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Quick Inventory of Depressive Symptomatology (QIDS)

The QIDS is a brief, 16-item self-rated assessment tool used to evaluate the symptoms of depression present in a patient during the past week.
Description: The QIDS is a brief, 16-item self-rated assessment tool used to evaluate the symptoms of depression present in a patient during the past week.
Disease States: Bipolar disorder, Major depressive disorder
Validated Uses: Screening, Diagnosis, Treatment Monitoring & Evaluation, Symptom Severity
Populations: Adolescent, Adult, Geriatric
Administration Method: Self-report
Time to administer: 5–15 minutes
Commonly used in: Clinical Trials & Research, Clinical Practice
Detailed Description: The QIDS is a 16-item, multiple-choice questionnaire in which depressive symptoms are rated on a 0–3 scale according to severity.1,8 Items are derived from the 9 diagnostic criteria for major depressive disorder used in the Diagnostic and Statistical Manual of Mental Disorders-IV (DSM-IV), including sadness, loss of interest or pleasure, poor concentration or decision-making, self-outlook, suicidal ideation, lack of energy, sleep disturbance, appetite change, and psychomotor agitation.1 The total score ranges from 0–27 and is obtained by adding the scores for each of the 9 symptom domains.1,7
Note: Although the QIDS was initially developed based on DSM-IV criteria, the scale is also compatible with the DSM-5. The core criteria for MDD are consistent across these editions11.
Scale Validity: The QIDS demonstrated 79% sensitivity and 81% specificity in a validation study conducted in 596 adult outpatients with dysthymia living in the United States.1
Alternative Versions: The 16-item QIDS scale was derived from a longer, 30-item Inventory of Depressive Symptomatology (IDS), originally published in 1986 and updated in 1996.1,7 The more comprehensive IDS not only assesses the core diagnostic criteria for major depressive disorder listed in the DSM-IV, but also commonly associated symptoms (e.g., anxiety, irritability) and atypical features (e.g., leaden paralysis, interpersonal rejection sensitivity).1,7 Please note that the shortened QIDS is contained entirely within the IDS and thus can be extracted if the longer tool is administered.1 The 16-item QIDS is also available in a clinician-rated format.1 Items are identical across the two formats.7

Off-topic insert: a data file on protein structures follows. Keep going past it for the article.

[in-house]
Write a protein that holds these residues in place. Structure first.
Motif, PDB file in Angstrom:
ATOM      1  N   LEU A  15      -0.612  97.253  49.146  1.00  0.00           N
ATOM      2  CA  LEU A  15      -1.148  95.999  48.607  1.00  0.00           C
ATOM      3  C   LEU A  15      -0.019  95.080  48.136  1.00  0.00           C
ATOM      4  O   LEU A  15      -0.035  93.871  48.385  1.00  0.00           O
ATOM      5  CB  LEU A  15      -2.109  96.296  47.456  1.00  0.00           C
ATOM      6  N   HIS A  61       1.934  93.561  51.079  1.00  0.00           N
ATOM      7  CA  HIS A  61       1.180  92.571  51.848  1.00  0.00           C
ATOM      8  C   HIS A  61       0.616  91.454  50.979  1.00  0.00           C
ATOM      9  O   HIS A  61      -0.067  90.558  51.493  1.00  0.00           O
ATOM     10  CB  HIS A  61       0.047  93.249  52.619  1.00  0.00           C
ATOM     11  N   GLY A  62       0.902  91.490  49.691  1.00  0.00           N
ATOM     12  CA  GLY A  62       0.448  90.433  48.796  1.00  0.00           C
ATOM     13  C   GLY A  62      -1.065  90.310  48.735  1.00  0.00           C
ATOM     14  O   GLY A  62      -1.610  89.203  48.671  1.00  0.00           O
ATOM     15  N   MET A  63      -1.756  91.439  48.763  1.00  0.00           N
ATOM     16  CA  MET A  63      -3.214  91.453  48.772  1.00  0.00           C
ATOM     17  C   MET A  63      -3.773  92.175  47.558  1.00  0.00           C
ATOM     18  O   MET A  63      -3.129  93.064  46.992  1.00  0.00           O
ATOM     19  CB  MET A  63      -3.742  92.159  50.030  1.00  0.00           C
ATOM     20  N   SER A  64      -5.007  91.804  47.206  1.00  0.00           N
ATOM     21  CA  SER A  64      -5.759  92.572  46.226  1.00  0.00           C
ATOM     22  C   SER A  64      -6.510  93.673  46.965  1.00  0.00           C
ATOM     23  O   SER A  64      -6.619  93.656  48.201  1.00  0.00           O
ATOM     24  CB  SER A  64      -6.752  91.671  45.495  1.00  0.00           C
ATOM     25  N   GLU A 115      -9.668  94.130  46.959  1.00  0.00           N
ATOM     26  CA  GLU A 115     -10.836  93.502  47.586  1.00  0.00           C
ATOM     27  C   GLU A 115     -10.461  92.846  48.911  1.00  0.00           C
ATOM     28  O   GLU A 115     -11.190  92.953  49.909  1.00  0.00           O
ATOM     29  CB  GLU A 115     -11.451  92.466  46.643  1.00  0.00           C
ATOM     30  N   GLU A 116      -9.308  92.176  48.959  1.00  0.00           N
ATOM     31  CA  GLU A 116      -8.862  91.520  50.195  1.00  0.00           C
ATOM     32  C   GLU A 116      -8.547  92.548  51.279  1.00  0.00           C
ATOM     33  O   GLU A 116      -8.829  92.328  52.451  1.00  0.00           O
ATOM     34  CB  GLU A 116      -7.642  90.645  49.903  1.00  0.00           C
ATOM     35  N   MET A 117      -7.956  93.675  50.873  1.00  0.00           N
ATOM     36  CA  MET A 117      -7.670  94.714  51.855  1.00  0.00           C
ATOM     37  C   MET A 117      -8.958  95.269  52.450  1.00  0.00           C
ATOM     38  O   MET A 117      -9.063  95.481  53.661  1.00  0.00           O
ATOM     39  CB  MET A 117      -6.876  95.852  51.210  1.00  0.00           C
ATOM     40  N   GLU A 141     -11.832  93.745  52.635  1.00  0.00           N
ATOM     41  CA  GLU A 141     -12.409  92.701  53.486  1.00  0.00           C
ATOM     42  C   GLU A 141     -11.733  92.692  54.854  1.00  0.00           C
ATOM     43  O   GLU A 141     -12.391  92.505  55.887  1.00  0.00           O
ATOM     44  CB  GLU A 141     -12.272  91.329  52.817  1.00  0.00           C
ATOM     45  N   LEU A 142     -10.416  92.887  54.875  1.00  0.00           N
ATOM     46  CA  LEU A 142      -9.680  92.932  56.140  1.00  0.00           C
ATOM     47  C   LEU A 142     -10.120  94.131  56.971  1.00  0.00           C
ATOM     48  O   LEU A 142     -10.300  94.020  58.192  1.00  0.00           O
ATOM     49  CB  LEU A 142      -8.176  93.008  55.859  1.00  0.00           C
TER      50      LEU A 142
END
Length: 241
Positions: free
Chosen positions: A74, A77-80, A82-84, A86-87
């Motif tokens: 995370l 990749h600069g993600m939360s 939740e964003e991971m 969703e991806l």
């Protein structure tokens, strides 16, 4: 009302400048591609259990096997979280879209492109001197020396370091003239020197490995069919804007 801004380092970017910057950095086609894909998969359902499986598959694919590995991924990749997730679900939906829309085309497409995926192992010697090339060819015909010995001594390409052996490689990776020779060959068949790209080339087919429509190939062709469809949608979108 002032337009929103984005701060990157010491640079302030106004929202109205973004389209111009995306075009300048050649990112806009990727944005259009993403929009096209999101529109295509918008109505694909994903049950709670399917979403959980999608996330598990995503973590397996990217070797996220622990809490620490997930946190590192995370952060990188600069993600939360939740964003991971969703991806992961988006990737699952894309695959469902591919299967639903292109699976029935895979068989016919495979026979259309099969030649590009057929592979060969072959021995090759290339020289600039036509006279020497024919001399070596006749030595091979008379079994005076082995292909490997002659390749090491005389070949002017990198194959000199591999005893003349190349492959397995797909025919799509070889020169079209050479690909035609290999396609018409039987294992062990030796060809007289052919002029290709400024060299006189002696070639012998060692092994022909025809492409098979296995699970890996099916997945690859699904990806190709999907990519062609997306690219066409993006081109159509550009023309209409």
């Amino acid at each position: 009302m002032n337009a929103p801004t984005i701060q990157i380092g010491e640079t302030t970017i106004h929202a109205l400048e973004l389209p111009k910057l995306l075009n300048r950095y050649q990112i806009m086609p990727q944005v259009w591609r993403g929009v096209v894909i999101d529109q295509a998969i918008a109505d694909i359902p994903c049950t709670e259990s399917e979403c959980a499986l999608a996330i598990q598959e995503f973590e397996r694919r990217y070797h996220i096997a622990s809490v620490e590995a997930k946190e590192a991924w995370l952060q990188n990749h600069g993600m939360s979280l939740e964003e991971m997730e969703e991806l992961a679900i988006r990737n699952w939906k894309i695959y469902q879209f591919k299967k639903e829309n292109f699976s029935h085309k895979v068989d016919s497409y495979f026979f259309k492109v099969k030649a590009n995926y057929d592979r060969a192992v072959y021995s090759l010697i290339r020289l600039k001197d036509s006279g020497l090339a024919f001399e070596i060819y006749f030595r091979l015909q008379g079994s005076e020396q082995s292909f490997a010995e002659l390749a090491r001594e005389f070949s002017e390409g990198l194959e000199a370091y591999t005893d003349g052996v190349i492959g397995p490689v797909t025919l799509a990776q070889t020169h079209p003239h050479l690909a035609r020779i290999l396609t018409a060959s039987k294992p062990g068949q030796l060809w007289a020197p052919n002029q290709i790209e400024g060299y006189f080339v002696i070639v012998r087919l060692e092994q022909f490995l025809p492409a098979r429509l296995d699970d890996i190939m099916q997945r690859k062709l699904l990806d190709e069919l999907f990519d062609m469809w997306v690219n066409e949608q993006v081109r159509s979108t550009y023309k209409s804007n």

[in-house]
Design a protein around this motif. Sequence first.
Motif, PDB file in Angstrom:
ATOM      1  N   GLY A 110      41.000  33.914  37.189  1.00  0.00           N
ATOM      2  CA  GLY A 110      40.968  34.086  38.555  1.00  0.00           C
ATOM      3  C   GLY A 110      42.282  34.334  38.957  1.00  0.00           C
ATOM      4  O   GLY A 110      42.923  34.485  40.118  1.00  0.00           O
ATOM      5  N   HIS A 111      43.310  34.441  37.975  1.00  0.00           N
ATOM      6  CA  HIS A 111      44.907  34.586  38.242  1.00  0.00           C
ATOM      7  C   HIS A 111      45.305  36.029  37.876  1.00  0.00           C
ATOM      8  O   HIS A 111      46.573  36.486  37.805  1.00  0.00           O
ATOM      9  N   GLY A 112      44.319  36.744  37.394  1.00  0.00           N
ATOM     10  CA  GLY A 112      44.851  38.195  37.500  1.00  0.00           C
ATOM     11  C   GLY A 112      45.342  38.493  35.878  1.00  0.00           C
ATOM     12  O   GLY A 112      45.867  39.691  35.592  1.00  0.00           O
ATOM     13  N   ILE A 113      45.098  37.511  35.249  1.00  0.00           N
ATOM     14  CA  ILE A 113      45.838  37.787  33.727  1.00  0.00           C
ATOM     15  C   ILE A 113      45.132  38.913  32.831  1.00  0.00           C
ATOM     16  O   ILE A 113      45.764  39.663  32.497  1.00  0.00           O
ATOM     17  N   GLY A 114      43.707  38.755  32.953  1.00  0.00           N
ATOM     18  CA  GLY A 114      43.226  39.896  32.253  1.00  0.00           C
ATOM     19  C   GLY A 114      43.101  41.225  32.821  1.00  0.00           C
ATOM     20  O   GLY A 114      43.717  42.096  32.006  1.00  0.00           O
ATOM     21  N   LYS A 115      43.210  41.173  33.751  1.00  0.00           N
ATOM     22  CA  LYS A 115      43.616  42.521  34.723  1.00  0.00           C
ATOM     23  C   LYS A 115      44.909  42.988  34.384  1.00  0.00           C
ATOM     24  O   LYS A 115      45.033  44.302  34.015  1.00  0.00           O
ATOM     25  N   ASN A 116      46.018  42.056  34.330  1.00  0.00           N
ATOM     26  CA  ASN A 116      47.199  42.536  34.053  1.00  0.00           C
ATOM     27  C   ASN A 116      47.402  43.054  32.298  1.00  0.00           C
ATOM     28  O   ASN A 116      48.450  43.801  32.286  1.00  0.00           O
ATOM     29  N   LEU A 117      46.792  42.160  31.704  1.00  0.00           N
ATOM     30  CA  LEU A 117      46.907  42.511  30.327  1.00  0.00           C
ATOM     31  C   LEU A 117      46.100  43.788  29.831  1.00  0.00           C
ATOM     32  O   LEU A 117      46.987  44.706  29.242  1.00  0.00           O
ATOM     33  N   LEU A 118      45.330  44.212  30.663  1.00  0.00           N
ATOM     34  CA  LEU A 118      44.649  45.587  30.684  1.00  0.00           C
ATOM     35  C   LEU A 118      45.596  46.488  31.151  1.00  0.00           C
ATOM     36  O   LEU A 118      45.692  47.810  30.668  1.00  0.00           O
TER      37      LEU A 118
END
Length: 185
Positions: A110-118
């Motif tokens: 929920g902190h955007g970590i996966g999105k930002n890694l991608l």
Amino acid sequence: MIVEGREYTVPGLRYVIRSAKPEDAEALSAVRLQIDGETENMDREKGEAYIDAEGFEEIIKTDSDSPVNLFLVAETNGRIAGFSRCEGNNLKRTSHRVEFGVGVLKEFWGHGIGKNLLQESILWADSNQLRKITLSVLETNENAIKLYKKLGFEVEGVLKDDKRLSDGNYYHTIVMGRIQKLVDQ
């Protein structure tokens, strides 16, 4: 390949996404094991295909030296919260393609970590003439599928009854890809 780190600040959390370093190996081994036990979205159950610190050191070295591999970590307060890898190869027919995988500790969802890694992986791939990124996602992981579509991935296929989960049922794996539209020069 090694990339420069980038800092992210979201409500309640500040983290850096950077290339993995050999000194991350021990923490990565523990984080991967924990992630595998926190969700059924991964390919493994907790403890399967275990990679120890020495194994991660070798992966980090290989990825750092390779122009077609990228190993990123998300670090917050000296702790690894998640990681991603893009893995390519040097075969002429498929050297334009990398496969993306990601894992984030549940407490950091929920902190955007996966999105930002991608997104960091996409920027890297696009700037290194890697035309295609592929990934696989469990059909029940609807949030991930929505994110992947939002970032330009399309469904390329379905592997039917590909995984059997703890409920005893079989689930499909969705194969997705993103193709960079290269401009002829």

Cited Limitations: No limitations have been identified in the literature.

Footnotes:

†Although the 16-item QIDS is described here, we include information about alternative versions for your general awareness and convenience. These alternative versions are sometimes used by different practitioners or in clinical trial or research settings.

Supporting references for the filters are as follows:
Disease States: Major depressive disorder (MDD)1,2, Bipolar disorder (BD)3,4; Validated Uses: Screening (MDD)2, Diagnosis (MDD)2, Treatment Monitoring & Evaluation (BD & MDD)1-4, Symptom Severity (BD & MDD)1,3,4; Populations: Adolescent5, Adult1,2, Geriatric6; Administration Method: Self-report1,7; Time to administer: 5–15 minutes8; Commonly used in: Clinical Trials & Research1,4,7,9, Clinical Practice1,3,7,10

References:

  1. Rush, AJ et al. Biological Psychiatry. 2003;54(5):573-583.
  2. Beidas, RS et al. Cogn Behav Pract. 2015;22(1):5-19.
  3. Bernstein, IH et al. Int J Methods Psychiatr Res. 2009;18(2):138-146.
  4. Tohen, M et al. Clinical trial design challenges in mood disorders.  (Elsevier Inc., 2015).
  5. Bernstein, IH et al. Int J Methods Psychiatr Res. 2010;19(4):185-194.
  6. Doraiswamy, PM et al. Acta Psychiatr Scand. 2010;122(3):226-234.
  7. About the IDS and QIDS. IDS/QIDS website. 2020. http://www.ids-qids.org/about.html. Accessed June 15, 2020.
  8. IDS-QIDS Administration. IDS/QIDS website. 2020. http://www.ids-qids.org/administration.html. Accessed June 15, 2020.
  9. Quiroz, JA et al. JAMA Psychiatry. 2016;73(7):675-684.
  10. Cerimele, JM et al. Psychiatr Serv. 2019;70(5):396-408.
  1. Center for Behavioral Health Statistics and Quality. 2014 National Survey on Drug Use and Health: DSM-5 Changes: Implications for Child Serious Emotional Disturbance (unpublished internal documentation). 2016. Substance Abuse and Mental Health Services Administration. Rockville, mD.

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